Business Starting a business? – Ditch the vision

Starting a business? – Ditch the vision


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Most entrepreneurs who start their own business have a grand vision of what their business will become. That dream drives entrepreneurship and pushes the founders to give up everything and make huge sacrifices to start their own business.

However, most companies that start out with a big vision rarely live up to it. The most notable companies in the world are often “accidental companies” that started out simply doing something better than what was currently available and often didn’t know their own potential. The companies that focused on modest improvements to their customer experience became huge, and those that tried to deliver on a grand vision melted away.

Part of the startup DNA dictates that only if you make a big dream can you change the world. You are told to have big, hairy, bold goals and lofty vision. But thinking big in the start-up phase creates a temptation to make plans that look good on paper and rarely deliver on promises. The worst part is that the most promising ideas, which often seem small but deliver real customer value, are ignored and pushed aside in favor of big plans that go nowhere.

Transformational companies don’t start with a big vision:

Companies and innovations that have revolutionized our lives rarely started with a big vision. They just did something better.

Google started as an academic experiment by two PhD students to understand how web pages are connected and to develop a better index for the web. The idea was that you could determine the importance or rank of a website by looking at how many web pages link to it and how many web pages link to each of them.

Initially, this was not even a commercial initiative. Building the world’s leading search engine and one of the most valuable companies in the world was far from anyone’s imagination. Search results were simply a by-product of the index they created. When Google’s founders realized their search results were superior to other search engines, they were willing to sell their company for less than a million dollars to Excite, one of the leading search engines of the time. However, Excite refused.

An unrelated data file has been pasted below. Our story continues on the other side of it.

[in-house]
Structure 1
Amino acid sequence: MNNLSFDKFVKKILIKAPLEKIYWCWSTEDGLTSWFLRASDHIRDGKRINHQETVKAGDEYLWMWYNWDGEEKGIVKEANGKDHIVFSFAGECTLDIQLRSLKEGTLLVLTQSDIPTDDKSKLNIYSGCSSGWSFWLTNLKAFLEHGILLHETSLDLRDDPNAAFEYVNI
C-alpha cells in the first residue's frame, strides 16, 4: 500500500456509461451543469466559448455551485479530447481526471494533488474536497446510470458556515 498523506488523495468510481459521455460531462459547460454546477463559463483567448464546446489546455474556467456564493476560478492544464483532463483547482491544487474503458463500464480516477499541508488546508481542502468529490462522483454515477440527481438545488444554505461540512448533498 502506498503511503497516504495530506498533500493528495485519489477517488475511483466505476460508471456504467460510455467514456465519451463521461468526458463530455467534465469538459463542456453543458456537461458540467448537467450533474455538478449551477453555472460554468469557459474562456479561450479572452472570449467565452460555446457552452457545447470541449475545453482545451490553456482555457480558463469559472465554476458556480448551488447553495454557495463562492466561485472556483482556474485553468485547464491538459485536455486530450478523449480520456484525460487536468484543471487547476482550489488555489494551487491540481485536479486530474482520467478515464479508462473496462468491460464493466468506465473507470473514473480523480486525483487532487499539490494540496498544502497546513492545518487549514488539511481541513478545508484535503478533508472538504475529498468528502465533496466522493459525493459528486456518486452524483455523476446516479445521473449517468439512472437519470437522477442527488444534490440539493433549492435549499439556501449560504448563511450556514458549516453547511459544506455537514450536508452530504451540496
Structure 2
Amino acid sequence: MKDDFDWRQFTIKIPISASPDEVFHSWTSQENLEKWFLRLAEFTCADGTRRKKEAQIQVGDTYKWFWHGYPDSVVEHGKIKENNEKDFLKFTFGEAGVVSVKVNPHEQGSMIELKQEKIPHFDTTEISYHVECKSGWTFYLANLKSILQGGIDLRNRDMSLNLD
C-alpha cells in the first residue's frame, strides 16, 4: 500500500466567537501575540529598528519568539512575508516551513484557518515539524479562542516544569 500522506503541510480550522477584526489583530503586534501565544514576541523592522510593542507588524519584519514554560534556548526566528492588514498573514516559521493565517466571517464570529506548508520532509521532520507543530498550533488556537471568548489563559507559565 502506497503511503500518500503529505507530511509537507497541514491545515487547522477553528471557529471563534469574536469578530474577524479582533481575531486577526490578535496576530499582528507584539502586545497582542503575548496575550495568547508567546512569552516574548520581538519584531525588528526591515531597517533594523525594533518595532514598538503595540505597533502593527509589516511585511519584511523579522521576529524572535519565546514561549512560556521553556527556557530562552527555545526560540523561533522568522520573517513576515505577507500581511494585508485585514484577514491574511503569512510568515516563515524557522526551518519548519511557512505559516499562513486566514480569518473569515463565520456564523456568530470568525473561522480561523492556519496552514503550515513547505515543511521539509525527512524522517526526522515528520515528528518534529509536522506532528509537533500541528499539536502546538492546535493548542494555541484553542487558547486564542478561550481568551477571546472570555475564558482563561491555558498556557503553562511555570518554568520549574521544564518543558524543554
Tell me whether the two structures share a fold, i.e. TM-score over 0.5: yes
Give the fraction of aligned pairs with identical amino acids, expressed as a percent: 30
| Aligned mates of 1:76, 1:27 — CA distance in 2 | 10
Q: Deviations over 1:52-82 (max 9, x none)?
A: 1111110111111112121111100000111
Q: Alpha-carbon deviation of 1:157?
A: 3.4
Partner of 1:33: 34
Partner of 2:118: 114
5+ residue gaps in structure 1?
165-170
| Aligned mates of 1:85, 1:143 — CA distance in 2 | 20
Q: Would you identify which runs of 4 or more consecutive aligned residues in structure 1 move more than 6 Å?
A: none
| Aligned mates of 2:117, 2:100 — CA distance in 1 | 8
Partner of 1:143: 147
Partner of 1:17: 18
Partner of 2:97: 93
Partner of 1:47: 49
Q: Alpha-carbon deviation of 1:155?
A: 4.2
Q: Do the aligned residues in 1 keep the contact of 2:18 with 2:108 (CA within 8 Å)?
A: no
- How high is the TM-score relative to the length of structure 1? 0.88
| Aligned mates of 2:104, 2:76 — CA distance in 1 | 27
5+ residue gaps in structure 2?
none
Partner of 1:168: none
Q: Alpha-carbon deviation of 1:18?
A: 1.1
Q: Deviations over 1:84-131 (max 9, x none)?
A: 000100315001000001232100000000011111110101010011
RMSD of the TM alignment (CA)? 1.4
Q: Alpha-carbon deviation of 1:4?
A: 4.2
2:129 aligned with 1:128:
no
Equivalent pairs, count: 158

As we now know, Google became very big. The “big” didn’t happen by executing a grand plan, but simply by improving the user experience. In other words, it made for a big one Experience Delta or the difference between the current experience and the new one. The business model (based on ad revenue) that has created more than a trillion dollars in market value wasn’t part of the startup’s grand vision, but as the company increased its value to society, society figured out a way to make it reward company.

Likewise, the printing press was developed simply as a way to ease the tedious process of printing. The huge success of the printing press was the longest of all long shots. If the idea had been presented to a venture capital fund, it would have been laughed out of the conference room. Who would invest in a product that facilitates book printing if most of the population cannot read? The total addressable market was virtually zero and would remain non-existent for years to come, because that’s what people need to become literate. But this invention boosted literacy and transferred power from the elite to the wider populace, making it one of the most influential creations of all time.

Uber started with three cars to provide a better service than a taxi, not to become a verb for the “uberization” of every industry. Or when a few roommates felt the pain of the high rent on their San Francisco loft, they decided to sublet their living room and offer an air mattress and homemade breakfast. Three visitors to a nearby conference accepted their offer and Airbnb (originally known as airbedandbreakfast) was born. There was no grand vision to create the largest home sharing network.

If you’re an aspiring founder, remember that most great opportunities come as something very small. The key is learning to recognize how each opportunity changes experiences and then building products that deliver a better experience. Once you do this, even on a small scale, chances are you’ll find the right opportunities that grow into the big game changers you’re looking for.

Shreya Christina
Shreya has been with for 3 years, writing copy for client websites, blog posts, EDMs and other mediums to engage readers and encourage action. By collaborating with clients, our SEO manager and the wider team, Shreya seeks to understand an audience before creating memorable, persuasive copy.


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